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Developing and testing computational models of human cognitive abilities using EEG data: A case study in complex visual scene analysis

Principal Supervisor: Dr Dietmar Heinke - School of Psychology

Co-supervisor: Prof Howard Bowman

PhD project title: Developing and testing computational models of human cognitive abilities using EEG data: A case study in complex visual scene analysis

University of Registration: University of Birmingham

Project outline:

Contemporary EEG techniques focus on a range of statistical methods, such as fitting general linear models, correlations, time-frequency analysis, dynamic causal models, etc. However, there has been less work on connecting EEG signals directly to computational models of cognitive abilities. Such models are similar to methods in artificial intelligence (AI) which aim at mimicking human cognitive abilities (e.g. playing and winning the ancient board game, GO). The aim of this PhD project is to develop a novel method that tests such computational models by benchmarking them against EEG signals. In other words, this novel method will allow us to establish more directly links between human cognition and EEG signals than contemporary EEG methods. Consequently, we will be able to advance our understanding of neural mechanisms underlying cognitive abilities. Note that even though this project preliminary focuses on humans the novel method can be easily applied to research into animal cognition.

As a test case for the new method the project will use the human visual system; to be more specific, the amazing ability of the human visual system to find and recognize behaviourally relevant objects in our complex visual environment. Even though this capacity has been researched for decades it is still far from being understood and it is still a hot topic in ongoing research. In controlled experimental settings the visual system is examined by means of visual search tasks (e.g. Lin et al., 2015). In a search task, participants are asked to indicate the presence of a certain object among irrelevant objects on a screen by pressing a key. Heinke and Backhaus (2011) have developed a highly successful computational model of this visual search experiment. Similar to AI approaches the model takes a functional approach to modelling visual search. However, in contrast to current AI methods it utilizes mathematical descriptions of biophysical processes in neurons. It is therefore particularly well suited for comparing it to EEG signals. As a starting point to implement this comparison we will use recent advances with evolutionary algorithms and Bayesian model fitting.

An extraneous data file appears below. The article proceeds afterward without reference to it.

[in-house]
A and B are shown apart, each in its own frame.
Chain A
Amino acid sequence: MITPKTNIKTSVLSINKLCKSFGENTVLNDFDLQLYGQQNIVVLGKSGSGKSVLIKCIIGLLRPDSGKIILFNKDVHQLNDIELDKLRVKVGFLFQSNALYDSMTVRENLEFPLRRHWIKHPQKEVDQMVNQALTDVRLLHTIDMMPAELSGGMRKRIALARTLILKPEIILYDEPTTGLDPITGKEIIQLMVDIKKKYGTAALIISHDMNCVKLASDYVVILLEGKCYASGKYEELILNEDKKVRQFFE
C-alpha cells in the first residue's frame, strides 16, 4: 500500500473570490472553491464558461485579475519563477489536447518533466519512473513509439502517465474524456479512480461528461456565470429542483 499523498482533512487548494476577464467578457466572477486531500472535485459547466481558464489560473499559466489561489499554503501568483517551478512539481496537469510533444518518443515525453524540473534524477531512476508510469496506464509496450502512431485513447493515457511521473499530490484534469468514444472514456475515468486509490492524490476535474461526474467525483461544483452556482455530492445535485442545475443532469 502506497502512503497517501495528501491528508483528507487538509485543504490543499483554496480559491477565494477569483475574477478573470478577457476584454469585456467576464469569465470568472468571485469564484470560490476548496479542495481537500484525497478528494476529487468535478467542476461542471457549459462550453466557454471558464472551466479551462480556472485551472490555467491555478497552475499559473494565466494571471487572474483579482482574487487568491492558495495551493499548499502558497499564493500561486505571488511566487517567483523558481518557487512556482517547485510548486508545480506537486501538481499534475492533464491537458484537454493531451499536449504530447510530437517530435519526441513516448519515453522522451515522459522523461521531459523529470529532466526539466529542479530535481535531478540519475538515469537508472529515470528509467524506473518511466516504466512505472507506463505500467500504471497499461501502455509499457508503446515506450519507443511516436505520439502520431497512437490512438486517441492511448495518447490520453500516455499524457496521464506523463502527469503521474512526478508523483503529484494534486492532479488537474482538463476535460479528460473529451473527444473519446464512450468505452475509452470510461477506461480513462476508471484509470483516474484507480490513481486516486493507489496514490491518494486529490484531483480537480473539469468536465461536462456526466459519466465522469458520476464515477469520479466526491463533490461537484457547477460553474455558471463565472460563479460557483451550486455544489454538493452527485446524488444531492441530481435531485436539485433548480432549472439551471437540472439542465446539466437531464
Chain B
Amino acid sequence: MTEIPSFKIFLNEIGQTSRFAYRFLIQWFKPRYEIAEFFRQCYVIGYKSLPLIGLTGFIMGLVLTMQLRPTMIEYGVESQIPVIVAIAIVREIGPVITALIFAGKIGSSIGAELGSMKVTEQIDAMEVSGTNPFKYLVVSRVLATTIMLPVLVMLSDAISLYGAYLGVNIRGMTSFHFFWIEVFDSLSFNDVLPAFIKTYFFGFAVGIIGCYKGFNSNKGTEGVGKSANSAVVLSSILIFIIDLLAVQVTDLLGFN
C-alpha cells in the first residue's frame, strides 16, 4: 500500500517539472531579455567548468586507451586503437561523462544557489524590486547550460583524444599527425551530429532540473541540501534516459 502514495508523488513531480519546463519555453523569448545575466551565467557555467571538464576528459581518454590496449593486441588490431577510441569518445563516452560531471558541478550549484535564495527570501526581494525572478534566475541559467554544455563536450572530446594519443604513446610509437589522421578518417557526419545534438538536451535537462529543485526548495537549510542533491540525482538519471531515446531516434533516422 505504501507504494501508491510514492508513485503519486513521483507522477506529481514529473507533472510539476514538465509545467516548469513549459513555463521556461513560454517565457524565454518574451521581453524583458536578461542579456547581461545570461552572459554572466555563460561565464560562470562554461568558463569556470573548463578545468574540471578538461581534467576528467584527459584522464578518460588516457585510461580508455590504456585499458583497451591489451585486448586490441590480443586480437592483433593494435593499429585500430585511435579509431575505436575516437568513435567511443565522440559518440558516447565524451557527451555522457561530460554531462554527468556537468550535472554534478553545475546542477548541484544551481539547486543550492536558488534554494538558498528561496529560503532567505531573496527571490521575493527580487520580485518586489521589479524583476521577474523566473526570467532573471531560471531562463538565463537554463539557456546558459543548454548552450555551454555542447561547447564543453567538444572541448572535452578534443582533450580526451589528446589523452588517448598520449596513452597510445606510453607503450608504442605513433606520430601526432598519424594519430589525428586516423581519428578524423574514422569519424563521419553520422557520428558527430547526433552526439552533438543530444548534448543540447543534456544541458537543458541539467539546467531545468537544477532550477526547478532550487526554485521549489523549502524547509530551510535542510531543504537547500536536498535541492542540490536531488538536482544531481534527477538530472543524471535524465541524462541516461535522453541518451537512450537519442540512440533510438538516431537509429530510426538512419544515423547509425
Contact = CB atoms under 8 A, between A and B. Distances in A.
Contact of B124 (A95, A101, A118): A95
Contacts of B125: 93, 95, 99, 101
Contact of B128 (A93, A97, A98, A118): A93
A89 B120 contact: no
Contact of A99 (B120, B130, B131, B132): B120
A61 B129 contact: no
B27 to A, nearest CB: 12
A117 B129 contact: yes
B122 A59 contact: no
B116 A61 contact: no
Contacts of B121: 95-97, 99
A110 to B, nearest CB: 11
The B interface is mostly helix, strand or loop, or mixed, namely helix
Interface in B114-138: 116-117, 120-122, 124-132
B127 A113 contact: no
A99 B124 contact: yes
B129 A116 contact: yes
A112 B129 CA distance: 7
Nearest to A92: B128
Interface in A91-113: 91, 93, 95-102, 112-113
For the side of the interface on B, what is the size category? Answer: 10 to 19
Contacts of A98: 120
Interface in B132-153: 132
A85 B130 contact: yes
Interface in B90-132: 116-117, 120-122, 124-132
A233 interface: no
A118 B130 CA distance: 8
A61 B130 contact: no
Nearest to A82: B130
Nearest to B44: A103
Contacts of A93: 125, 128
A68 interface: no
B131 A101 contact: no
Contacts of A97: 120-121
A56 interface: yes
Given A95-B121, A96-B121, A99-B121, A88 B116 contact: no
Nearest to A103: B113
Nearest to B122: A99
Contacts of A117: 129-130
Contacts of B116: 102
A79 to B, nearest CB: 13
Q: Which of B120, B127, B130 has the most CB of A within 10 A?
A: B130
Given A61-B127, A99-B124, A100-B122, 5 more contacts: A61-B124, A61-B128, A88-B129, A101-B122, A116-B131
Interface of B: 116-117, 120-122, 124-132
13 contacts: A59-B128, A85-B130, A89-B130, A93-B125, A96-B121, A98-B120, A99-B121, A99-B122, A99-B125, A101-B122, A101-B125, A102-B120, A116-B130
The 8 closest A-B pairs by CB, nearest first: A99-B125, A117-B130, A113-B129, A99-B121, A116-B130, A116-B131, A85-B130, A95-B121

The PhD project will be highly interdisciplinary. Not only will it require the postgraduate researcher to implement and test novel computational/mathematical methods but also conduct experiments with human participants, including EEG experiments. Therefore applicants should have a strong background in computer science, artificial intelligence or statistics, but also be prepared to conduct studies with human participants.

References:

  1. Heinke, D. & Backhaus, A. (2011) Modeling visual search with the Selective Attention for Identification model (VS-SAIM): A novel explanation for visual search asymmetries. Cognitive Computation, 3(1), 185-205
  2. Lin, Y., Heinke, D. & Humphreys, G. W. (2015) Modeling visual search using three-parameter probability functions in a hierarchical Bayesian framework. Attention, Perception, & Psychophysics, 77, 3, 985-1010

BBSRC Strategic Research Priority: Molecules, cells and system

Techniques that will be undertaken during the project:

  • Artificial intelligence
  • Computational modelling
  • Behavioural experiments
  • EEG experiments
  • Bayesian modelling

Contact: Dr Dietmar Heinke, University of Birmingham